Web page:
Time Frame

Traditional EB-5

In case the individual investor makes an EB-5 investment directly into his or her own project without getting Regina Center involved, after the investor successfully obtains a permanent green card status, the time for exit of their investment will depend on market conditions. For example, if the market for whatever the equity interest is good, an investor should sell the project property or asset, and if the market is not good, an investor should wait. As a result, some investors who invest in a traditional EB-5 might be rewarded with a sizable profit after many years, almost doubling their principal. However, some investors who cannot wait for the market to improve and sell the property so early might end up losing all of their principal and recovering nothing.

Ex) An investor invests in a project with a promise to give an investor back his or her investment plus any additional profits when the project is successful.

Regional Center EB-5

Most EB-5 investments today are invested through Regional Center whereby the investments are structured as loan products and equity products with a maturity date just like other regular loans. Most EB-5 investments are 5 to 6 year term loans.

Ex) An investor invests in a project which takes an investor’s money to make loans to the project with a promise to pay an investor back in 5 years with some interest.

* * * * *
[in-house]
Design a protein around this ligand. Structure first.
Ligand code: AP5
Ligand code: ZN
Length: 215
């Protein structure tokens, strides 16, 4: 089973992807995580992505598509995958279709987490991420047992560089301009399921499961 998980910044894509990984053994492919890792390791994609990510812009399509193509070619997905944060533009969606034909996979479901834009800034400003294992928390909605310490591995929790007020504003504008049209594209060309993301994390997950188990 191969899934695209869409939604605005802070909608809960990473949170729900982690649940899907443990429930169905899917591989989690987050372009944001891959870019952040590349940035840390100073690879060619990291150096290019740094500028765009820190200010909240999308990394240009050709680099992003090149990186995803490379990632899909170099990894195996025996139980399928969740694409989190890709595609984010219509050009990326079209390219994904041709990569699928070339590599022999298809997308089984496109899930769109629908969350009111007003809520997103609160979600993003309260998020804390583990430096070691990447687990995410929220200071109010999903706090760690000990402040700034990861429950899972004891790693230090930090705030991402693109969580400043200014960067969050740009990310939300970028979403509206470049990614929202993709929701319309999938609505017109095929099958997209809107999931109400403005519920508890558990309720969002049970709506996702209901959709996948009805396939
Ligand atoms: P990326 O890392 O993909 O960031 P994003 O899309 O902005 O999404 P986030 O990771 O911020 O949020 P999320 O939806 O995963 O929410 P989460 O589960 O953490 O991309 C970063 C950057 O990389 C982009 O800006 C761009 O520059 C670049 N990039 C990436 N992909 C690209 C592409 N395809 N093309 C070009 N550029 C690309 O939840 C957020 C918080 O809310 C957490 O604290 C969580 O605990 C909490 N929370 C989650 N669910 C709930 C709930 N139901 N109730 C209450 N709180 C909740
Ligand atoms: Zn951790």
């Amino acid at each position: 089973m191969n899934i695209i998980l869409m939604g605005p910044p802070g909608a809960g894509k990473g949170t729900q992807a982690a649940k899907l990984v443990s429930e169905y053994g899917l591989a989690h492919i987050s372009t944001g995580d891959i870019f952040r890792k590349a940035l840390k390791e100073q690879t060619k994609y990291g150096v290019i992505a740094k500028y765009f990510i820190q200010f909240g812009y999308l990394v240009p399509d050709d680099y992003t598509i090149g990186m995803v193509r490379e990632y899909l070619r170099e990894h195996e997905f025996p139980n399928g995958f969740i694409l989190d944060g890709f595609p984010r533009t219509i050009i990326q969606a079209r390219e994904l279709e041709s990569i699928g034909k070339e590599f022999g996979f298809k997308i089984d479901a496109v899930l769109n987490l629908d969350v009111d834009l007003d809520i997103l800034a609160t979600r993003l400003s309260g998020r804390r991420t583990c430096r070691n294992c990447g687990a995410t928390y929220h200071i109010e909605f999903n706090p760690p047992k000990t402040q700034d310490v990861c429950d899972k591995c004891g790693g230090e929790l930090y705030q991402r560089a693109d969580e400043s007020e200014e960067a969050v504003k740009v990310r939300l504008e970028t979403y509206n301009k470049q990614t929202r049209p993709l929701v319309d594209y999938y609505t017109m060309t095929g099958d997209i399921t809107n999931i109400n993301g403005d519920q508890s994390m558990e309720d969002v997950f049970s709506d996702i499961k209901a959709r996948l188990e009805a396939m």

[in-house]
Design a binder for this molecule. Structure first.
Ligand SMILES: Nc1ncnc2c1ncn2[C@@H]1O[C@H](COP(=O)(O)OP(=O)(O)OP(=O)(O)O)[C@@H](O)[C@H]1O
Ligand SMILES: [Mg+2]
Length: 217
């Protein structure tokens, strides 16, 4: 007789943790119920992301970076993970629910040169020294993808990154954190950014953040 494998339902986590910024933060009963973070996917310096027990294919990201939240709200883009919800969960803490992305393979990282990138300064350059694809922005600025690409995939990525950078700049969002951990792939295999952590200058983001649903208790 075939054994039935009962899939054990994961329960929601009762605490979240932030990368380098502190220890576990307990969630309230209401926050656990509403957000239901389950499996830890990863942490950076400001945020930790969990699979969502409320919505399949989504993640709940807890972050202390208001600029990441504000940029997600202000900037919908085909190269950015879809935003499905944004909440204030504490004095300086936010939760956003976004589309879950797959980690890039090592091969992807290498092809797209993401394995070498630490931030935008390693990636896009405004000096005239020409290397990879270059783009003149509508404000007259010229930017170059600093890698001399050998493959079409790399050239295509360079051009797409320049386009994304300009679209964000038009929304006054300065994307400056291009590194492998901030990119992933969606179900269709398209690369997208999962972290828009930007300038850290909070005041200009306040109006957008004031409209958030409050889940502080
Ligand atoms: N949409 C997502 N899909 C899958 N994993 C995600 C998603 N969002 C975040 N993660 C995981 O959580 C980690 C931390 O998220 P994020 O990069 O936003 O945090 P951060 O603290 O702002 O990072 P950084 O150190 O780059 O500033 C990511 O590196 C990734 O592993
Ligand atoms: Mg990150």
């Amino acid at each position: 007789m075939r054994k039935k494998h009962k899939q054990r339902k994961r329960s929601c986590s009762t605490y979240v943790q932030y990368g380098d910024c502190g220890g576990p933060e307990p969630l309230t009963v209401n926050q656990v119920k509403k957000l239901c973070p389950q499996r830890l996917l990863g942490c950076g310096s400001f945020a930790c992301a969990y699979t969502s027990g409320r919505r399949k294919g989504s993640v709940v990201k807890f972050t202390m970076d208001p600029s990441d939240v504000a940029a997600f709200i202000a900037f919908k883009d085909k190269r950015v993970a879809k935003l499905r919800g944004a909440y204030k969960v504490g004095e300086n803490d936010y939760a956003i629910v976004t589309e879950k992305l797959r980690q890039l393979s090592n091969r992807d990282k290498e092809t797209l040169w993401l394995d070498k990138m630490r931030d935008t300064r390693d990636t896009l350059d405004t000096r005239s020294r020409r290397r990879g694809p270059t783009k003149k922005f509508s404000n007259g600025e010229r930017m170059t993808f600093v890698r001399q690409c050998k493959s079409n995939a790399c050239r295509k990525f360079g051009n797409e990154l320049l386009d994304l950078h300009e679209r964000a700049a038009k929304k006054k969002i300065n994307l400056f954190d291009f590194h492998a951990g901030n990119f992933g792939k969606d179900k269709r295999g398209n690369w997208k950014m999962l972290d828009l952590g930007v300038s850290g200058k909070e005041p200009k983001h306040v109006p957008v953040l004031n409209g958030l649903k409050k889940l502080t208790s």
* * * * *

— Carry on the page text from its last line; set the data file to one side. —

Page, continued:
EB-5 Tax Issues

Worldwide Income Tax

Once EB-5 investors become a conditional permanent resident in the U.S. either through consular processing of their immigrant visa abroad or through adjustment of status to a conditional permanent resident (if in the U.S. in another lawful nonimmigrant status), investors will be subject to U.S. taxes on worldwide income. This includes income earned in the United States and income earned outside the United States. Additionally, investors will be subject to U.S. gift, estate, and generation-skipping transfer taxes.

The EB-5 investor who becomes a conditional permanent resident is subject to the U.S. Income Tax compliance annually, which includes filing the following:

  • Form 1040, report worldwide income;
  • Report of Foreign Bank and Financial Accounts (“FBAR”): If an EB-5 investor had a financial interest in or signature authority over at least one financial account located outside of the U.S. and the aggregate value of all foreign financial accounts exceeded $10,000 at any time during the calendar year, an EB-5 investor is required to file Form TDF 90-22.1;
  • Foreign Account Tax Compliance Act (“FATCA”): If an EB-5 investor has financial assets valued in excess of $50,000, an investor must file Form 8938, “Specified Foreign Financial Assets” attached to Form 1040.

Foreign Tax Credit

However, there may be foreign tax credits on income that is taxed outside the U.S. if the U.S. has double income tax treaties with the investor’s home country. In other words, the application of foreign tax credit may prevent the same income from being taxed twice by both the foreign country and the U.S., and the taxpayers generally end up paying the higher tax rate of the two countries. The U.S. has an extensive network of bilateral income tax treaties, covering more than 65 countries. Note, however, that not all countries have income tax treaties with the U.S. Also, taxpayers are still required to report their worldwide income on their U.S. income tax returns.